I myself distilled chloroform using a normal distillation setup (with NS24 ground joints) with a Liebig water cooler, without vacuum. It worked quite well. Some CHCl3 escaped (smell), but only a small fraction of it. The boiling point of CHCl3 is similar to that of DCM, so it certainly is possible to do a distillation of DCM. You, however, need water cooling and a cold receiving flask and should NOT use vacuum.

Mister Junk Pile - 3-5-2012 at 01:34

Woelen, I wouldn't say that chloroform and DCM have "similar" boiling points. I'm pretty sure DCM is ~40 and chloroform is ~60. I guess I'm just arguing semantics...

I always found it interesting that, in the case of DCM vs. CHCl3, the increase in boiling is primarily due to the increase in mass as they have almost identical dipole moments (that's why I remember the b.p.s).

MrHomeScientist - 3-5-2012 at 05:56

I recently distilled DCM from paint stripper, and made a video of it here: (shameless self-promotion). It went quite well with no problems at all, without using vacuum. I did indeed use ice water in the condenser and an ice water bath at the receiver. I stored my product in an amber glass bottle with teflon-lined cap, screwed on tightly with teflon tape on the threads, and put it in the lab fridge. However, I feel like I'm still steadily losing my DCM through evaporation. Is there any particular way to store such a volatile liquid? I feel like this is almost going to be like storing bromine :/

MagicJigPipe - 3-5-2012 at 08:01

Believe it or not but the only thing I remember working perfectly was a bottle of beer called Grolsch with a bit of teflon placed on the top in between the "closer" and the mouth of the bottle.

If only there was a good "professional" bottle that used the same mechanism. There might be one.

barley81 - 3-5-2012 at 10:25

That's funny. When I get around to distilling DCM from my can of stripper, I'll ask my dad to try Grolsch beer.

Is it a good idea to distill from the can, but to use a stopper and glass tube to direct the vapors into an icewater-cooled condenser? Theoretically this should improve efficiency and avoid gunking up flasks. The methylene chloride vapors might ruin the stopper.

MagicJigPipe - 3-5-2012 at 20:24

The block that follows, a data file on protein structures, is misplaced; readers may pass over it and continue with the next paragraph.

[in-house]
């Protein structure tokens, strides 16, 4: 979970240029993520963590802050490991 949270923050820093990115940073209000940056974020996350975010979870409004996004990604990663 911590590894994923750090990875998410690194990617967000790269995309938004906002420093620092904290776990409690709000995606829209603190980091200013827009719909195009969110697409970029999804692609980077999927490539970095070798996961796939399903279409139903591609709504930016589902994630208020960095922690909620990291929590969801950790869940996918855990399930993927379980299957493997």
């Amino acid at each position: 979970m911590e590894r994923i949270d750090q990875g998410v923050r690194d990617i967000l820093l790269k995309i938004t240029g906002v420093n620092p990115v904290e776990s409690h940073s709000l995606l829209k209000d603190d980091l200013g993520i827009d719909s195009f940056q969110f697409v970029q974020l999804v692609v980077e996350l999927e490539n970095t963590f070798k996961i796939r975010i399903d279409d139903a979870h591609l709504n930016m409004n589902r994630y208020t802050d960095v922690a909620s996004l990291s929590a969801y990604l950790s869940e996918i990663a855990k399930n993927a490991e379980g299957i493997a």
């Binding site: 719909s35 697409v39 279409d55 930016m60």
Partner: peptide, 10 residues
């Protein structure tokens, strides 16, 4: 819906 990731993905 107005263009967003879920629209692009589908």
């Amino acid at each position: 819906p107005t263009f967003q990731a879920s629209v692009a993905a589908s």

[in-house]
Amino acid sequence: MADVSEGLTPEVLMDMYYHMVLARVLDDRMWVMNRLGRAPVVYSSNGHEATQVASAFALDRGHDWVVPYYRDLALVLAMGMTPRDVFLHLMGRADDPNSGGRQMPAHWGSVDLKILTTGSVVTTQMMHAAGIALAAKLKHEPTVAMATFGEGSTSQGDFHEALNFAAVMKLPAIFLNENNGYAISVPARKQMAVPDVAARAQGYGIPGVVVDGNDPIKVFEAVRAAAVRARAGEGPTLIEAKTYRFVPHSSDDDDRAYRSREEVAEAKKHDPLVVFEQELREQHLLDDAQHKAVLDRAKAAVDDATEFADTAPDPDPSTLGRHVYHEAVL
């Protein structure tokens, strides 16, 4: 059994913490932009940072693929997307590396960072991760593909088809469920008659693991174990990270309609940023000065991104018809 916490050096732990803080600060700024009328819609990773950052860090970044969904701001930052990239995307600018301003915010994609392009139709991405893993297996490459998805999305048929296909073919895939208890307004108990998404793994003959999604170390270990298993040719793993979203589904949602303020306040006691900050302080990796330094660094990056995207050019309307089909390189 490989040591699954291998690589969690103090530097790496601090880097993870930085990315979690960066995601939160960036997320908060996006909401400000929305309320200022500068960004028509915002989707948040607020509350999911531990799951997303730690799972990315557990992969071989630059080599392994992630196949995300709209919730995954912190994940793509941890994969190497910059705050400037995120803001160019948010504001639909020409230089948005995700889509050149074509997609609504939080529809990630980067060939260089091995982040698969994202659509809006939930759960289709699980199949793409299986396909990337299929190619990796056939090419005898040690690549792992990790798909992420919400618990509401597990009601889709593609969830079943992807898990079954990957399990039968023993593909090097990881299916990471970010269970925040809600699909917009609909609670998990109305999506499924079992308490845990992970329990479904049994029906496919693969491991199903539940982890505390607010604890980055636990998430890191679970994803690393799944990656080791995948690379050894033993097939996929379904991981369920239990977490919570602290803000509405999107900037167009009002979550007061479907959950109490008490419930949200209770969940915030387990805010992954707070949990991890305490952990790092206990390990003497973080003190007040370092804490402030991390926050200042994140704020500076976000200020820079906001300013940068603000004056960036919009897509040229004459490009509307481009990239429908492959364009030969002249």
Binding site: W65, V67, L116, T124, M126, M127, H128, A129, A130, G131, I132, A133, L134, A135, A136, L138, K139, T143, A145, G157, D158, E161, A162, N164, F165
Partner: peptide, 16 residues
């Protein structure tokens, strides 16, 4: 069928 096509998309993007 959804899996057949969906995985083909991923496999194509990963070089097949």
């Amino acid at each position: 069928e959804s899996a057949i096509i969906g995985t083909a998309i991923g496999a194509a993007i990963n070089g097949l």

The DCM will ruin the stopper but only slowly and they're cheap. I think that's the best way to do it unless you enjoy cleaning out large container's with frustratingly small openings.

If you really feel like it you can invest in a teflon stopper with some good silicone/fluoropolymer grease to make a good seal.

Now that I think about it, other than teflon I have yet to come across a plastic that DCM didn't at least dissolve slowly. Even with those Nalgene, HDPE, wash bottles I notice residue upon drying the DCM on a piece of glass. Nobody believes me though and they just think I'm being overly worried about purity. I just think it's a good idea that if you're using the DCM for critical syntheses, don't store it in plastic other than PTFE.

I could be wrong, of course.

jamit - 3-5-2012 at 20:49


DCM is one of the easier distillation among volatile solvents... easier in that you don't need much heating and the solvent is inflammable.

As noted by Woelen, you do not need vacuum. It boils at 40C. A hot water bath is all you need.

You can distill right off the can...I've tried that many years ago because I didn't want to ruin my RBF. However it is a hassle to drill the hole and fit it with copper tubing and plumber puddy and to set everything up.

Now, I use an old RBF and I stop the distillation before the goopy material gets all dried up. I do a quick rinse with hot water and shake and vent and shake and vent... you get the point! The key to clearing the distillation flask is to clean it right away after your distillation is done before it has a chance to cool down.

As for using rubber stopper. DO NOT use rubber stopper!!! DCM will dissolve it away.

Anyway, search SM and read up on this subject and do some research on it before doing it. I read everything on this site and others before launching into cleaning various OTC solvents. It's a rewarding time and you learn alot of techniques and some "secrets" of the trade about distillation and solvent cleaning, etc.

Good luck!

Magpie - 3-5-2012 at 21:37

Quote: Originally posted by 99chemicals  
DCM has a very low vapor pressure.

I think you meant low boiling point. The vapor pressure is relatively high.

As jamit says, searching will be worth the effort:

GreenD - 4-5-2012 at 06:05

Cool. I'll keep the vacuum hidden next time.

I use 99% DCM from a supplier, no paint strippers.